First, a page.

Former Oregon medical resident sues hospital alleging it breached sexual harassment settlement

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A former medical resident at Oregon Health & Science University in Portland is suing the school a second time alleging the academic health system breached a settlement in in a previous sexual harassment case, according to a July 12 Oregon Live report.

Six things to know:

  1. The student initially sued the school in 2018, alleging the teaching hospital retaliated against her over her complaints about sexual harassment and discrimination. The two parties settled, with the medical school agreeing to pay $100,000. In return, the student would have to resign from her residency position Oct. 31, 2018.

  2. Her lawsuit filed July 10 alleged the school shared negative information about her with prospective employers, commented on the existence of the settlement and failed to provide a reference letter to her, breaching the terms of the settlement. The alleged victim is seeking $20 million in damages, including $15 million in economic damages from lost employment opportunities. 

  3. The original lawsuit complained she encountered several cases of sexual harassment while working as a resident between 2015 and 2017. In one example, she alleges an assistant medical professor forced her and another female resident to watch a sexually suggestive video in a dark room while he danced in a sexual manner and prevented her from leaving the room, according to court documents.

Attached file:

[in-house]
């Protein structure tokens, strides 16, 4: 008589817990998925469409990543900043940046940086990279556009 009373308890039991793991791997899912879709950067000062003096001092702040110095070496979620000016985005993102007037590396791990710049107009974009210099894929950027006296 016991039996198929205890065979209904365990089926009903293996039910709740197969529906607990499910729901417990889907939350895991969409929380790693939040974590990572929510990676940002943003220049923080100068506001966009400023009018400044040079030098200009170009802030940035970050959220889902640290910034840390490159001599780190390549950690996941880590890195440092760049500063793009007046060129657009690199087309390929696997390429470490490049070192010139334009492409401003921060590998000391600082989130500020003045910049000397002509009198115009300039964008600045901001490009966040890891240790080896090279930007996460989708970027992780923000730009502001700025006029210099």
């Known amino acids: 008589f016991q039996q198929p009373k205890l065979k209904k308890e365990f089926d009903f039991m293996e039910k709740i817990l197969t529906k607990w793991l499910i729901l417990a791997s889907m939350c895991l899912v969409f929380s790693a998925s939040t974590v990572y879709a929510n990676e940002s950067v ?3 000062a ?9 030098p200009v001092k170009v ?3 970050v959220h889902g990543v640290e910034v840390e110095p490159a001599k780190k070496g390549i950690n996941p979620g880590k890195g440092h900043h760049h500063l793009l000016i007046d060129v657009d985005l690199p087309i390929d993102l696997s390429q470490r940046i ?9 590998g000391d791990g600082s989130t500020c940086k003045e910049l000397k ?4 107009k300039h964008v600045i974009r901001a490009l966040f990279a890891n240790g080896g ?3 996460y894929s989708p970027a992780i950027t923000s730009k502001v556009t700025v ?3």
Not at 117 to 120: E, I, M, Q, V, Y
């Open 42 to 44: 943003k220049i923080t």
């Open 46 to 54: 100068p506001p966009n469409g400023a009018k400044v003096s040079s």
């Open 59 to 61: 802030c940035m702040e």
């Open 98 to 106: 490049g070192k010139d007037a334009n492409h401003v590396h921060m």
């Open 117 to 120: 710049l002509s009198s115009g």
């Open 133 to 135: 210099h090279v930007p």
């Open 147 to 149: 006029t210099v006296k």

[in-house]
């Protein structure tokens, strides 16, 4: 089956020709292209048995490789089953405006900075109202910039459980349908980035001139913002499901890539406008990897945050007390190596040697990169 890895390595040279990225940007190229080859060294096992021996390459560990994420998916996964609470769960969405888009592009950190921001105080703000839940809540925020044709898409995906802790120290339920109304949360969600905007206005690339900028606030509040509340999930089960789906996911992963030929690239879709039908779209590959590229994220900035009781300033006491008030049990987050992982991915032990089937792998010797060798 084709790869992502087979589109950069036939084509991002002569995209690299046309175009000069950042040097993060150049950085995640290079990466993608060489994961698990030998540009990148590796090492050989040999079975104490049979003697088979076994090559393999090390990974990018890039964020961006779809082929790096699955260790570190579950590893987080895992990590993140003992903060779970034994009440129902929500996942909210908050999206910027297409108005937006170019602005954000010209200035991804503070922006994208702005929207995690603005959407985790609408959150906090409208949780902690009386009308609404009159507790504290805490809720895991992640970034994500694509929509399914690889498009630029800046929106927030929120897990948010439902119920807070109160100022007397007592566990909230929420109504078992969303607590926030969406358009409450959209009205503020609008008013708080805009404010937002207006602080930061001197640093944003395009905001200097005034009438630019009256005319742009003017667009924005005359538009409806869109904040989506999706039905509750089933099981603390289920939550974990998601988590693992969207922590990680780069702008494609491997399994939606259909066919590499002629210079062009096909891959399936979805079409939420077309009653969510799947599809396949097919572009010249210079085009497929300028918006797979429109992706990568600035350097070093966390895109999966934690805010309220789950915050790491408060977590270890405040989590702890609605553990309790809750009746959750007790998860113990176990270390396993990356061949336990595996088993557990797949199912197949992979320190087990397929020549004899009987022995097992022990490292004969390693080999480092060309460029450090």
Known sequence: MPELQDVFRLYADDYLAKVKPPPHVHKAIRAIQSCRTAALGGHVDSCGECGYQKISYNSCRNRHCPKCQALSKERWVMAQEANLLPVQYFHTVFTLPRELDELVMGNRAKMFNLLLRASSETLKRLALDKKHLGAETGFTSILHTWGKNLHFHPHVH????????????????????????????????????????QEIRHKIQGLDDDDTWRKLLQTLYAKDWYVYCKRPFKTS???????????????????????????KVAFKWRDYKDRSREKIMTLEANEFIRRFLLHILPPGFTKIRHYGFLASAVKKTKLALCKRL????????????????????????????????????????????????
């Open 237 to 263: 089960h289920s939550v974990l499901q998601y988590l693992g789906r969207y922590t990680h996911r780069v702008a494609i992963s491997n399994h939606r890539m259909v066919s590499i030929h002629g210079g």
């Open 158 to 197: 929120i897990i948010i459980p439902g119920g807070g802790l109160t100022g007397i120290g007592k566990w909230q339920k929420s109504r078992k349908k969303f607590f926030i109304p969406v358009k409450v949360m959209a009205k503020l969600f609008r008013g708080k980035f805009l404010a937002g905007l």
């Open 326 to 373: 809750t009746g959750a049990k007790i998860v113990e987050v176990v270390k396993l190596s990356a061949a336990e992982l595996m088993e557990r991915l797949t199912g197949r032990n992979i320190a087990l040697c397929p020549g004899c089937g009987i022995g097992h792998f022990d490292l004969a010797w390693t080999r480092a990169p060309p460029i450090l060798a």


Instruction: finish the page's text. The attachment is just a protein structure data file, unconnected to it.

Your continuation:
4. According to reports, she complained to the school and in response it allegedly "set higher workload demands and intensified requirements." As a result of the alleged discrimination, she suffered severe depression. Physicians and medical professors from the teaching hospital submitted letters in support of her, adding that she was labeled as inadequate by program leaders early in her residency timeline, according to court records.

  5. When asked for a comment, a spokesperson shared a statement with Becker's that OHSU President Danny Jacobs, MD, shared with its staff and patients. Dr. Jacobs stated "some residents are unable to meet program requirements and are recommended for dismissal. With health and safety first and foremost in our minds, the decision to dismiss a resident is extremely difficult for all involved and only undertaken as a last resort after appropriate due process."

  6. Former U.S. Attorney General Eric Holder is investigating the handling of various sexual harassment, misconduct and discrimination complaints, Oregon Live reported.

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